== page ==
Eight years ago, a few friends and I sat in a small office and dreamed out loud about what it would look like to plant and pastor a local church in Albany, Georgia. We thought about the potential of a church where truth was taught, worship was pure, and accountability was high. A year later, we were parked in the driveway of my parents’ home in Leesburg when we prayed for a “yes” or “no”. The answer from the Lord was “Yes.” And, as it related to Greenbriar Church, that has been the answer every day of my life ever since.
Every single day, learning what it means to follow Christ with more than just my head but with my heart, my actions, my thoughts, my words and my prayers. Learning what it means to receive real accountability for my attitude and actions and to be a part of creating and nurturing a safe atmosphere for confession of sin, real repentance, and a striving after holiness unlike anything I’ve experienced before. For these things, I’m extremely grateful.
I’ve seen leaders, partners and attendees carousel through the doors of our church family, some of which I still consider dear friends in spite of the lack of their physical presence. Somewhat more near to my heart, I’ve seen many others show up at Greenbriar who’ve found this place to be “home”.
And that’s what Greenbriar honestly feels like to me. It feels like home. In many ways, it is home. This place – these people – they’ve seen me grow. They’ve seen me change. They’ve seen me learn to teach better and handle the Scriptures more carefully. They’ve seen me learn to treasure Christ more and continually find Him better than whatever else I may hold up to Him in comparison. They’ve seen me learn what it means to be generous with not only my time, but also my money. They’ve seen me mess up – a lot – and they’ve seen me learn from those mistakes. They’ve seen me make great leadership decisions and they’ve stuck around even when I made really poor ones. Greenbriar has seen me confront my introverted nature and learn to love messy, dirty, imperfect people. Greenbriar has also seen me contend with the day-to-day realization that I am one of these types of people myself. And on a truly personal level, Greenbriar has seen me struggle with sin, endure fair amounts of hardship, and through it all, has seen me fall back in the only real safe place I’ll ever have and that is in Christ alone.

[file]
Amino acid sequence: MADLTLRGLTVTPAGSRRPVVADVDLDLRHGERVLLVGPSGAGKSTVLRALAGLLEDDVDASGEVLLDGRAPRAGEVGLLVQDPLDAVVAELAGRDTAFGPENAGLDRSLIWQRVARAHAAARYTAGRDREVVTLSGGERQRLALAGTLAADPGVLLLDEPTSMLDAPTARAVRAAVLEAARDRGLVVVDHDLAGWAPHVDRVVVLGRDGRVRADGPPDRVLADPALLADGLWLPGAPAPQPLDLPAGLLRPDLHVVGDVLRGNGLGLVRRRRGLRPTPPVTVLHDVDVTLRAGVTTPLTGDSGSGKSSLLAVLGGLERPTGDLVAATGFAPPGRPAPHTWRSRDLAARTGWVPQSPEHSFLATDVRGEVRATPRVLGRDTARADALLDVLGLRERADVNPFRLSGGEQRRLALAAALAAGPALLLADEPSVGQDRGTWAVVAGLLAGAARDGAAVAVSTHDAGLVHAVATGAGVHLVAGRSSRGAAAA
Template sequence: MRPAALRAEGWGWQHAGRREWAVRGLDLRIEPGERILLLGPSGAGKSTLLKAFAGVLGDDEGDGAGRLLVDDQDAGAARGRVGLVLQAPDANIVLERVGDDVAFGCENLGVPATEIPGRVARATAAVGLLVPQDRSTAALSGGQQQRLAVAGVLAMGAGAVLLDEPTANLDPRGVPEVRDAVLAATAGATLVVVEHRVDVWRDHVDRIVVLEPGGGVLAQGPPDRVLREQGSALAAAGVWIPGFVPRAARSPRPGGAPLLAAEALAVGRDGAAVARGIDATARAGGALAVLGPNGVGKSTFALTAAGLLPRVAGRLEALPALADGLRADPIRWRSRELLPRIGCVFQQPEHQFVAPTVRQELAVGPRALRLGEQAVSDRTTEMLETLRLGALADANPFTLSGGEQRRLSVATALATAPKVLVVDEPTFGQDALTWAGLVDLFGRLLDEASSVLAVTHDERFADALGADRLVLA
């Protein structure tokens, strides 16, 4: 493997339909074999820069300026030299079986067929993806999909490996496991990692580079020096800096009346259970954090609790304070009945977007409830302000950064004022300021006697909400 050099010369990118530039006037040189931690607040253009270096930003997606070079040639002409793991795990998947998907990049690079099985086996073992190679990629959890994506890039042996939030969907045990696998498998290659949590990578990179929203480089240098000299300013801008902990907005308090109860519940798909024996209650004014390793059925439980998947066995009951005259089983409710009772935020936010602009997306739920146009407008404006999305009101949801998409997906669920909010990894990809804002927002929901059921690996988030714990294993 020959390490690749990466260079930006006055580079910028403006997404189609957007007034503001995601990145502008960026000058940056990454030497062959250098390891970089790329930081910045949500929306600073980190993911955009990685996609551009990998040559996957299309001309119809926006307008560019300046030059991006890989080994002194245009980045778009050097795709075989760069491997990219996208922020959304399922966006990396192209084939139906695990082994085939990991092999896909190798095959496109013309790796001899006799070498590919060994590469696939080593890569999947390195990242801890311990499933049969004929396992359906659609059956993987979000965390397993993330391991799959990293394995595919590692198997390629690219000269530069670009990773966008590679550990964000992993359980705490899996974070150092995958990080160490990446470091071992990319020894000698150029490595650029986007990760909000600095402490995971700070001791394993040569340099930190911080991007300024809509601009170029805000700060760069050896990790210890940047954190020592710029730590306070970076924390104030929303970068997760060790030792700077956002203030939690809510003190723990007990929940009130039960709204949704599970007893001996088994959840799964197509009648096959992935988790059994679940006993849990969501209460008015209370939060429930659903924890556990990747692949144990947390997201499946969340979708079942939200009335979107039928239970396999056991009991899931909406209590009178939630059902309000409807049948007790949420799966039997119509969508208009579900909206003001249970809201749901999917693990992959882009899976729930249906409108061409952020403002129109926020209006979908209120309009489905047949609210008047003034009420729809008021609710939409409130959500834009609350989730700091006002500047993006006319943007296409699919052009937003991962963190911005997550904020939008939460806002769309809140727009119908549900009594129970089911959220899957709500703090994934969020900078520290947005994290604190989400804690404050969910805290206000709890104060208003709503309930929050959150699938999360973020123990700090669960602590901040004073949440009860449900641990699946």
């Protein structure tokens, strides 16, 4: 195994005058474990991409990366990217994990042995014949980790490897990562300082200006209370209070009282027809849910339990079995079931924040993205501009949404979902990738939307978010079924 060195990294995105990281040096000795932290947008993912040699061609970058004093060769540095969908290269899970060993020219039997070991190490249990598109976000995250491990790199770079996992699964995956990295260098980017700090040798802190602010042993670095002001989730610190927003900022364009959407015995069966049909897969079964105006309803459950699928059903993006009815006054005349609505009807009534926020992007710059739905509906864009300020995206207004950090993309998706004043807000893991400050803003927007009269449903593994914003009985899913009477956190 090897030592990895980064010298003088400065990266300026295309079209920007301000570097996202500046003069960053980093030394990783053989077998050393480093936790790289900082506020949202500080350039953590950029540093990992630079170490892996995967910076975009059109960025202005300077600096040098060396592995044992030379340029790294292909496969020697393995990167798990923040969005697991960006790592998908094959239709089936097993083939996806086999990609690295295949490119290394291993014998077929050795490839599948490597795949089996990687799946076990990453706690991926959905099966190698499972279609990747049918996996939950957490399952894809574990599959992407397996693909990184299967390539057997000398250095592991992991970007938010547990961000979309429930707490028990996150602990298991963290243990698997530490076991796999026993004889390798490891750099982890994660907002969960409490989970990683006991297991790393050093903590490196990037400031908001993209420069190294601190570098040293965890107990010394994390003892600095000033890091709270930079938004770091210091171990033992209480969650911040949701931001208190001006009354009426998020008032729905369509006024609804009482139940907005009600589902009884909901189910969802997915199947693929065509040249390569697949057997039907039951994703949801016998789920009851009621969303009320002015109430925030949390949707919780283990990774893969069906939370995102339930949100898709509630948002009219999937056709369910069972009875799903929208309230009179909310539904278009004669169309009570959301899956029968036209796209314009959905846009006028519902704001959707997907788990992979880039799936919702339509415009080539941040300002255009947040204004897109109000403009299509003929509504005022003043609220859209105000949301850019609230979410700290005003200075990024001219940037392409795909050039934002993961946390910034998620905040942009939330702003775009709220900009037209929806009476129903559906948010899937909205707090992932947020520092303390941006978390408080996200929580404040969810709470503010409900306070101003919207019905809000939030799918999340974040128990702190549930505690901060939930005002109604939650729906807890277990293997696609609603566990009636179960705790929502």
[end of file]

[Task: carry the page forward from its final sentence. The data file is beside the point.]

Greenbriar has also walked beside me as I changed from a boy into a man who’s learning to lead his wife well. This place – these people – have seen me meet the woman who would become my wife and many crowded around us on August 18th three years ago to celebrate the next step in God’s great plan for us as we were married and we’ve been covered in the prayers of precious saints every day since. In just three years we’ve experienced as many ups and downs as one can imagine and even still, one thing has remained constant. Greenbriar Church. God’s people gathered in God’s church, always helping us to remember His heart and redemptive purposes through the triumph and pain of each moment of this beautiful union we call marriage. Our hearts are completely full when we consider the ties at Greenbriar that bind us together in ways we could never have imagined.
Which brings us to this…
For the past two years, I’ve wrestled with thoughts of “what’s next” for Paige and myself. I tell people all the time that I feel like my leap into ministry was somewhat backwards – that most people go to school for years for training then jump into a pastoral position to toil for years, carrying the burden that God has called them to shoulder. As for me? I jumped in at 21 years old. With both feet. And have felt for 7 years like I’ve been swimming in the deep end with God, unsure of how to pull this thing off but confident that in many ways He would do great things in and through me, and sometimes in spite of me. And He has been unspeakably faithful.